30 June 2020
On 27 May, Arvind Bansod, a Dalit social activist and a resident of Pimpaldhara village in Maharasthra’s Nagpur district died amid suspicious circumstances. According to Soniya Gajbhiye, a Nagpur based lawyer who is representing his family, Bansod was murdered by a group of men after they abused him with casteist slurs. The incident took place under the jurisdiction of the police station in Jalalkheda, a town in the Nagpur district. However, the Jalalkheda police initially treated the case as a suicide.
I spoke to Gajanan Raut, Bansod’s friend who was with him shortly before his death. Raut recounted the events of 27 May. “Arvind bhai and I were going to an ATM to withdraw money,” he said. “There is a village named Thadipawani at a distance of five kilometres. On the way, we met a woman who asked if we can book a gas cylinder for her. Arvind bhai agreed but we did not have the number. So, when we reached Thadipawani, I clicked pictures of the banner at a gas agency.” Raut said that a worker at the agency objected to him taking photos of the banner and snatched his phone. Bansod and Raut then walked into the gas agency’s office to ask for the phone to be returned. Mithilesh Umarkar, also known as Mayur, the owner of the gas agency, was seated in the office. Describing Mithilesh’s exchange with Bansod, Raut added, “Mayur said, ‘So you are Arvind Bansod. I have heard a lot about you. Now I finally met you.’ Arvind bhai told him to return the mobile.”
According to Raut, Mithilesh then began to address Bansod using casteist slurs. “He told Arvind bhaiya, ‘You are from Mahar caste. Do you want to become a leader? Let me see how. You don’t have the status,’” Raut said. Bansod continued to insist on getting Raut’s phone back. According to Raut, Mithilesh subsequently asked three friends, who were present in the office, to beat up the two of them. Raut said the abuses and beating continued for over half an hour. After they left the office, Raut asked Bansod to let the matter go. He then left the area to refill petrol on their vehicle. “I returned in a short while and saw him lying fallen down at the agency,” Raut said. He added that there was a bottle containing a poisonous substance lying nearby. According to the version of the Jalalkheda police, in the interval when Raut was absent, Bansod purchased a bottle of pesticide from a nearby shop and consumed it—a narrative strongly disputed by Raut and Bansod’s family.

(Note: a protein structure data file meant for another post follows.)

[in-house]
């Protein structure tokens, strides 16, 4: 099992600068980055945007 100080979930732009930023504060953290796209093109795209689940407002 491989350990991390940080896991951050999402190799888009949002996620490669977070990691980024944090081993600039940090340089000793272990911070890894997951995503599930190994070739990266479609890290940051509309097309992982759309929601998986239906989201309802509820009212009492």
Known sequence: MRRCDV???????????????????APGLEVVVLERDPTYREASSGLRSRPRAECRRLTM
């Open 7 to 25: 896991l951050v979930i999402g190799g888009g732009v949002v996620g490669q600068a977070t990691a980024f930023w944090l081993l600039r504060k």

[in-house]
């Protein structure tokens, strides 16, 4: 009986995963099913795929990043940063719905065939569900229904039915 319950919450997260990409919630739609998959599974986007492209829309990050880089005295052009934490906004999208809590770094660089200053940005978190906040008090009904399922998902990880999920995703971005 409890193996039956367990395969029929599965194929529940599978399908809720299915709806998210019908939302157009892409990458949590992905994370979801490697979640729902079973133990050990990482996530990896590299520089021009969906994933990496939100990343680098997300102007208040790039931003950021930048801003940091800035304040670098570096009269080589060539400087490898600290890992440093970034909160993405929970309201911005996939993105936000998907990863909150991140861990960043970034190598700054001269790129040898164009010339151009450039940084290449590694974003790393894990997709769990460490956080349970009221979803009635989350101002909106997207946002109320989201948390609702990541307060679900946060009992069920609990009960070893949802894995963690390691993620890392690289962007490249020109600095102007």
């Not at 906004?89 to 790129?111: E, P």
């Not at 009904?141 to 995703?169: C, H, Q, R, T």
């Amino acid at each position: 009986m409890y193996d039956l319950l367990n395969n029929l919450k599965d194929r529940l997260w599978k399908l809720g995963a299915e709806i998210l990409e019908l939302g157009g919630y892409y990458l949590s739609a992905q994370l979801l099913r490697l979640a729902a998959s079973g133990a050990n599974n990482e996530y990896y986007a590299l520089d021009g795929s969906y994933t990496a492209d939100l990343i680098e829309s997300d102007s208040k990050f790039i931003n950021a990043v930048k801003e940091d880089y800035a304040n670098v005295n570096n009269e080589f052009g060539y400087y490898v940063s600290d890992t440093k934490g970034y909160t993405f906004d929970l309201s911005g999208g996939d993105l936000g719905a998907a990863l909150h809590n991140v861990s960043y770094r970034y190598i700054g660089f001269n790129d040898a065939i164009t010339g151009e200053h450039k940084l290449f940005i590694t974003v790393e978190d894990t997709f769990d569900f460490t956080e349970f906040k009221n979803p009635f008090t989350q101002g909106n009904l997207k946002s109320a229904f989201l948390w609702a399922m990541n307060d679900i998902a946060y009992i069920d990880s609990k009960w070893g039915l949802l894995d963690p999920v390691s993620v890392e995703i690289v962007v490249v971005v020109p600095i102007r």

Continuing his account, Raut told me that Mithilesh and his friends took Bansod in their vehicle, while refusing to let Raut join them. “I asked the man who took my mobile as to where he was being taken. He said they were taking him to the hospital. I returned to the village and informed his elder brother about what happened,” Raut said. Subsequently, Raut, along with two of Bansod’s brothers, went to the Jalalkheda primary health centre. However, they learnt that that Bansod had been referred to another hospital. Amidst the lookout for Bansod, they went to the Jalalkheda police station to register a complaint. Raut told me that the Deepak Dekate, the inspector in-charge did not take them seriously. “I told him the whole story. He said, ‘He has not died yet. Let him get treatment. We will see after he dies,’” Raut recalled. The three later found Bansod in an ambulance in Mithilesh’s company outside a hospital in Katol, a city and municipal council in Nagpur. From there, Raut was taken further to Nagpur. He was finally admitted at the government medical college in Nagpur. According to Raut, at 11 pm on 27 May, Bansod was put on ventilator support. He was declared dead on the morning of 29 May.
Bansod’s death did not receive any attention until a few days later. Gajbhiye attributes this to the remoteness of Pimpaldhara and the lack of internet connectivity there. Nilesh Mohite, the secretary of Dalit Youth Panthers, a Mumbai-based Dalit rights organisation, contacted Gajbhiye on 31 May, requesting her to meet with Bansod’s family. “On 2 June, I reached the village. It is a very small village with hardly 20 or 25 houses. His grandmother was there along with his father and two brothers,” she said. Referring to the Maharashtra Public Service Commission, she added, “He was preparing for his MPSC exams. In a couple of years, he could have become an officer. As soon as we stepped into his house, his family showed us his library.”